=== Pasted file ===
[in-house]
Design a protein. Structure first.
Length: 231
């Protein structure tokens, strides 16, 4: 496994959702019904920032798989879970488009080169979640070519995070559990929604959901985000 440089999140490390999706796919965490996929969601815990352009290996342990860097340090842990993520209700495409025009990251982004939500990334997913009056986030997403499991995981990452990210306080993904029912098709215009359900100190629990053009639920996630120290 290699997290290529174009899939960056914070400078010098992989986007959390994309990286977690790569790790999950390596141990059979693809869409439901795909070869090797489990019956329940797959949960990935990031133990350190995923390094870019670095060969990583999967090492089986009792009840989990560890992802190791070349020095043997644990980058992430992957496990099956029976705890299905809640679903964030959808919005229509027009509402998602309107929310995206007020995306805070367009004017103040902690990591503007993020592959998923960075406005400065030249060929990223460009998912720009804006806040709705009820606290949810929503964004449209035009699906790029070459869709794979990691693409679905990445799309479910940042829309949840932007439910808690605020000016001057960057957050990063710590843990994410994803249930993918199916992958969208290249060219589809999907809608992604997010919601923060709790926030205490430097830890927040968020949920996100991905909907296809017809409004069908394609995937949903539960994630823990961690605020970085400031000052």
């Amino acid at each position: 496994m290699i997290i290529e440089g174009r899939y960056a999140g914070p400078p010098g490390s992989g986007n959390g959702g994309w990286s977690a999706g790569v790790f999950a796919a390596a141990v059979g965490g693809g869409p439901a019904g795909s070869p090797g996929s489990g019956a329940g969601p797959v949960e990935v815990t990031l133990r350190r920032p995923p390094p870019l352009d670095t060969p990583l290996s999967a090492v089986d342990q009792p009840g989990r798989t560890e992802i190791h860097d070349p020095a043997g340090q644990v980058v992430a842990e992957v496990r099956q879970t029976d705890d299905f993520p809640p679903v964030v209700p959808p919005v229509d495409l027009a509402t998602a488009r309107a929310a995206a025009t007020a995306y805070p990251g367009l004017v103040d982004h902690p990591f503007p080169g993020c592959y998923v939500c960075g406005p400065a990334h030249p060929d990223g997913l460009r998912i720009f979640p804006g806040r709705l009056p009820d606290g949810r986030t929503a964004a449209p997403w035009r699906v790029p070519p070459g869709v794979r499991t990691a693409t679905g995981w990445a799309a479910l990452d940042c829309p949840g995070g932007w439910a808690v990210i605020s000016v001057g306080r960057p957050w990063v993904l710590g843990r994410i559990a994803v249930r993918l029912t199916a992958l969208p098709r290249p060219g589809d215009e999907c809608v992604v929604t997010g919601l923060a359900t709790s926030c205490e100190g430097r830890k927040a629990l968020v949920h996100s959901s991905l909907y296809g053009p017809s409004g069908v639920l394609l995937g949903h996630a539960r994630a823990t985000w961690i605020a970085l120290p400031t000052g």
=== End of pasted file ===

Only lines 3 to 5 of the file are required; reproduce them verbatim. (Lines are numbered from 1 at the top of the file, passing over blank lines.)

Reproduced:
Length: 231
């Protein structure tokens, strides 16, 4: 496994959702019904920032798989879970488009080169979640070519995070559990929604959901985000 440089999140490390999706796919965490996929969601815990352009290996342990860097340090842990993520209700495409025009990251982004939500990334997913009056986030997403499991995981990452990210306080993904029912098709215009359900100190629990053009639920996630120290 290699997290290529174009899939960056914070400078010098992989986007959390994309990286977690790569790790999950390596141990059979693809869409439901795909070869090797489990019956329940797959949960990935990031133990350190995923390094870019670095060969990583999967090492089986009792009840989990560890992802190791070349020095043997644990980058992430992957496990099956029976705890299905809640679903964030959808919005229509027009509402998602309107929310995206007020995306805070367009004017103040902690990591503007993020592959998923960075406005400065030249060929990223460009998912720009804006806040709705009820606290949810929503964004449209035009699906790029070459869709794979990691693409679905990445799309479910940042829309949840932007439910808690605020000016001057960057957050990063710590843990994410994803249930993918199916992958969208290249060219589809999907809608992604997010919601923060709790926030205490430097830890927040968020949920996100991905909907296809017809409004069908394609995937949903539960994630823990961690605020970085400031000052």
């Amino acid at each position: 496994m290699i997290i290529e440089g174009r899939y960056a999140g914070p400078p010098g490390s992989g986007n959390g959702g994309w990286s977690a999706g790569v790790f999950a796919a390596a141990v059979g965490g693809g869409p439901a019904g795909s070869p090797g996929s489990g019956a329940g969601p797959v949960e990935v815990t990031l133990r350190r920032p995923p390094p870019l352009d670095t060969p990583l290996s999967a090492v089986d342990q009792p009840g989990r798989t560890e992802i190791h860097d070349p020095a043997g340090q644990v980058v992430a842990e992957v496990r099956q879970t029976d705890d299905f993520p809640p679903v964030v209700p959808p919005v229509d495409l027009a509402t998602a488009r309107a929310a995206a025009t007020a995306y805070p990251g367009l004017v103040d982004h902690p990591f503007p080169g993020c592959y998923v939500c960075g406005p400065a990334h030249p060929d990223g997913l460009r998912i720009f979640p804006g806040r709705l009056p009820d606290g949810r986030t929503a964004a449209p997403w035009r699906v790029p070519p070459g869709v794979r499991t990691a693409t679905g995981w990445a799309a479910l990452d940042c829309p949840g995070g932007w439910a808690v990210i605020s000016v001057g306080r960057p957050w990063v993904l710590g843990r994410i559990a994803v249930r993918l029912t199916a992958l969208p098709r290249p060219g589809d215009e999907c809608v992604v929604t997010g919601l923060a359900t709790s926030c205490e100190g430097r830890k927040a629990l968020v949920h996100s959901s991905l909907y296809g053009p017809s409004g069908v639920l394609l995937g949903h996630a539960r994630a823990t985000w961690i605020a970085l120290p400031t000052g």